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RE: scab structural engineer??

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David,
I have run into this problem as well - in fact, I recently lost a
project (fortunately after only 12-hours of time was invested which I
was paid for in the retainer) because the client found another engineer
who promised a more economical design. While the specifics are not
particularly important, the issue is that others who are not
professionals and those who are and wish to obtain the contract can not
be prevented from voicing their opinions that we have "over-designed" or
in some cases "under-designed" a project. 
I believe that there are no (or very few) contracts that will commit to
the "most economical" or "best performing" structural design. These are
terms that can always be challenged in court, but have not bearing in
the world of design. An engineer is hired to use his or her judgment as
to what constitutes the most ideal and safest design for his client.
Many of us choose to be a bit conservative and while this may be
questioned, it can not be used against us as a potential liability. 
The client is always welcome to hire another engineer to recreate the
project, but I am not obliged to release my work for his or her review
or use. We provide a service, and our work product is protected by
Intellectual Property laws. 
I am currently in a situation where the client is asking for my work
product as proof of the hours I invested in the preliminary design he is
being charged for. Many of these hours are mental and can not be
produced on paper. Others are modification to proprietary tools that I
do not wish to provide that may be misinterpreted or re-created for use
by others. 
What it boils down to is that no engineer can be penalized for designing
based on his use of professional judgment as to what constitutes the
most appropriate solution for the project. There are those who will
challenge this - my response is to charge hourly for additional services
if they wish for me to seek an alternative solution that differs from
what I have provided.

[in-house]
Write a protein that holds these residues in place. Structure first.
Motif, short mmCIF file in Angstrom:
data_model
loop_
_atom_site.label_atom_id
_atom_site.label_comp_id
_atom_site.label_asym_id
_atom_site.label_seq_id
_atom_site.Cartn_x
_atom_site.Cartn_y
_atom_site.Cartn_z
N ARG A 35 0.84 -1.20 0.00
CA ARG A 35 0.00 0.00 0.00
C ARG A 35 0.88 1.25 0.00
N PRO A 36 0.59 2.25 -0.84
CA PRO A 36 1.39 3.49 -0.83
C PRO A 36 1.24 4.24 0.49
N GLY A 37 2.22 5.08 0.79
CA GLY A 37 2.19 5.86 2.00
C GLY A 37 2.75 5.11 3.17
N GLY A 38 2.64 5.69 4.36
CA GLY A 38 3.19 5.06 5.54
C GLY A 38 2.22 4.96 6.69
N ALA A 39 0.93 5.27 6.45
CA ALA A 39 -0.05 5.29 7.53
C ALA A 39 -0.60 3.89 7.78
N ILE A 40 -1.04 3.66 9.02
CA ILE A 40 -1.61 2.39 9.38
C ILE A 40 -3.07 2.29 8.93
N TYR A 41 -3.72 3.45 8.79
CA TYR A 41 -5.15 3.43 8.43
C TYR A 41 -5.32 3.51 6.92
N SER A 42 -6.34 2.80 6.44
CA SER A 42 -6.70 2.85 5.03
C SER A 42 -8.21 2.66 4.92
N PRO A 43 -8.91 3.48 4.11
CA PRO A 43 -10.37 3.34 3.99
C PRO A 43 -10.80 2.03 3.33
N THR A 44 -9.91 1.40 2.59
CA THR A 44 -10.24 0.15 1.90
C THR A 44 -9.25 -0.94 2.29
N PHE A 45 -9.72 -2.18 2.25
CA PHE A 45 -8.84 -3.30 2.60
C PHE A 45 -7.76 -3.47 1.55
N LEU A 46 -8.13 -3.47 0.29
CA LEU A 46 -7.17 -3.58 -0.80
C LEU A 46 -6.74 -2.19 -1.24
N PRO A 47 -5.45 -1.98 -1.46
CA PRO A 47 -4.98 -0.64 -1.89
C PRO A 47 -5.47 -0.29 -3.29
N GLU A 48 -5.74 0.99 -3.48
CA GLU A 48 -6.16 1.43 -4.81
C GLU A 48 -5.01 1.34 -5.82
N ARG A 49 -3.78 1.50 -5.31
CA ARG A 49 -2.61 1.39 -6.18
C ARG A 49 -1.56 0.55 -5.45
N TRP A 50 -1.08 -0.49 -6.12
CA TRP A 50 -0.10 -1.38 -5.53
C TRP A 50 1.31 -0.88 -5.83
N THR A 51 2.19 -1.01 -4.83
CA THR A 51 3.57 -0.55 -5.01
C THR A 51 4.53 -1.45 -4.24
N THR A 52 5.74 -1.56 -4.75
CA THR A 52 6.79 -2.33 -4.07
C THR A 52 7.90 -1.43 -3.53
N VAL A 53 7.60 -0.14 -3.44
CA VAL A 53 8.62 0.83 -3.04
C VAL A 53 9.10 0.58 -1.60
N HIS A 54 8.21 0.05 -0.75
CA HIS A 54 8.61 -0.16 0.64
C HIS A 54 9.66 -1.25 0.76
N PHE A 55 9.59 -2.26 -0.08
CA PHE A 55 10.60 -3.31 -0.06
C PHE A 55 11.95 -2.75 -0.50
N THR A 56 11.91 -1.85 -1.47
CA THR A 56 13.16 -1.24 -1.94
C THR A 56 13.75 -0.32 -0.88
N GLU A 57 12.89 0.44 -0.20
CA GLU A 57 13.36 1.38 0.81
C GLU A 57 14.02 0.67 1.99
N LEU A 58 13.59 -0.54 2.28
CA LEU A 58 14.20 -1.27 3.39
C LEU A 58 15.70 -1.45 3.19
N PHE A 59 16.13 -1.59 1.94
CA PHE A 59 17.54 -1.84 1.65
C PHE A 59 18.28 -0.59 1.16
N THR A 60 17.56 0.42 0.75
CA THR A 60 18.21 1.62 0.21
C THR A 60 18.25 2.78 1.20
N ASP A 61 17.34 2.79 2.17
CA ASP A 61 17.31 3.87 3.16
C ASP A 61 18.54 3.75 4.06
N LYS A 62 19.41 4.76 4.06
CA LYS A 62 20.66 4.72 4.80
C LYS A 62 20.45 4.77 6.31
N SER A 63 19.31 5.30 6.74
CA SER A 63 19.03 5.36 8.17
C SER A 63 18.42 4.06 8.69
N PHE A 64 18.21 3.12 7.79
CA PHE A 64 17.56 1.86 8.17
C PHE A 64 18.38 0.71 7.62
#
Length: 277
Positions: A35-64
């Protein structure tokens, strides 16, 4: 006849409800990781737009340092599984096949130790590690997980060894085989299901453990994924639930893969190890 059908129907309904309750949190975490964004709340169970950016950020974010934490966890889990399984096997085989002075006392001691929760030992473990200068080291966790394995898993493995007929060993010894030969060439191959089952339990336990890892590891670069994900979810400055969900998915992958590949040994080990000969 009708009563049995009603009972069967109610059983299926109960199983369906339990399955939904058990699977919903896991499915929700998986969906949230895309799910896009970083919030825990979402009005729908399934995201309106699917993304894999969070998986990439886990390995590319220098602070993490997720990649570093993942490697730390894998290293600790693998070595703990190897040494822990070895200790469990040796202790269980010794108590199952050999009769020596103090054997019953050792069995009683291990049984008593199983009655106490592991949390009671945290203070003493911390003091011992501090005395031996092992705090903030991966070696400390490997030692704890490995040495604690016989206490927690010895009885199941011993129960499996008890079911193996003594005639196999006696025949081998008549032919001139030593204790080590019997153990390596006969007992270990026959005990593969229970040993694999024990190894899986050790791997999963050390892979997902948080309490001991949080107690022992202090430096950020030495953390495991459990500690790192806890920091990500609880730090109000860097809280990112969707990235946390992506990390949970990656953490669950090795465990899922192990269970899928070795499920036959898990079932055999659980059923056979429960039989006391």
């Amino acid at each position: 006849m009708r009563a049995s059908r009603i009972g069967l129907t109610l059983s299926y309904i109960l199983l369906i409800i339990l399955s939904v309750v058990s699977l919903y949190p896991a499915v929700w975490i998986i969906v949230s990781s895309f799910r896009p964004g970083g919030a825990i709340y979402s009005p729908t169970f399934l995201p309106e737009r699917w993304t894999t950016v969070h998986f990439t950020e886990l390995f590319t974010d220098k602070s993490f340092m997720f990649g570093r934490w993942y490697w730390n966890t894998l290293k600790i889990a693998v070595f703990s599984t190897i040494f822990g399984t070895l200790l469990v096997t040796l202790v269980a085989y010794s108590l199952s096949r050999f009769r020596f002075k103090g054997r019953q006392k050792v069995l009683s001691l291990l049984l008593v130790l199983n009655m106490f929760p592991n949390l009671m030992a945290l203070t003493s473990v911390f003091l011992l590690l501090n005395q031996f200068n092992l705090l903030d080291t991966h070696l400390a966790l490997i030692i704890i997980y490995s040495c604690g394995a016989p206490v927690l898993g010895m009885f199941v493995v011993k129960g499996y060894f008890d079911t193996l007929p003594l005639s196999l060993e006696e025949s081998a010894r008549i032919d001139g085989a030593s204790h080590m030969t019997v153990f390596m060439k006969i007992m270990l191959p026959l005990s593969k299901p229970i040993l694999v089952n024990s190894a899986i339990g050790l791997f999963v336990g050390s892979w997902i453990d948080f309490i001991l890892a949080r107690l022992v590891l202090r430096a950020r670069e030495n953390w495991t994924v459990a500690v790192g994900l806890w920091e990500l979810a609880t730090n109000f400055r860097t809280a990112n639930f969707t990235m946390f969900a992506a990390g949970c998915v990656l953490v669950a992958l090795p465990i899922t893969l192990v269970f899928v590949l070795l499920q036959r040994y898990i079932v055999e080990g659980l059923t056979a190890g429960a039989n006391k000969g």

Dennis S. Wish PE

-----Original Message-----
From: Narayanan, Ram [mailto:rnarayanan(--nospam--at)varco.com] 
Sent: Tuesday, July 15, 2003 7:03 AM
To: 'seaint(--nospam--at)seaint.org'
Subject: RE: scab structural engineer??


It was a pleasure to read thru your post!..

I could see how frustrating the scene can get  an enjoyable technical
problem being turned into an identity crisis betwen two engineers.

I had suffered this agony in the past as a reviewer ... and as an
engineer with a bias to Structural Optimization .. I am always conscious
code requirements reflect as structural weight more by the engineers
perspective of the very cause of loads rathjer than how design meeets
code requirements !

My two cents to your excellent analysis .

Dr Ram S Narayanan
Tuboscope
Houston, TX 

-----Original Message-----
From: dfisher(--nospam--at)fpse.com [mailto:dfisher(--nospam--at)fpse.com]
Sent: Tuesday, July 15, 2003 8:50 AM
To: seaint(--nospam--at)seaint.org
Subject: RE: scab structural engineer??


Ladies and Gentlemen:

My office is often approached to provide "second opinions" and peer
review services on projects performed by other structral engineers, due
to our fantastic reputation, no doubt.

But seriously, based on my experience, the need for these services is
usually the result of two things:  

1)   slow response by the original EOR to RFI's, field problems, etc.

(not the situation in George's case, it seems...)

2)   percieved "over design" by someone who typically has no
qualifications
     whatsoever to make such a judgement (owner, contractor, sub,
etc....)


Like the vast majority of the engineers on this list and in general, we
all have enough of our own problems on a daily basis to take on someone
else's headaches...


What's even worse is when this "second opinion" stuff is taken to the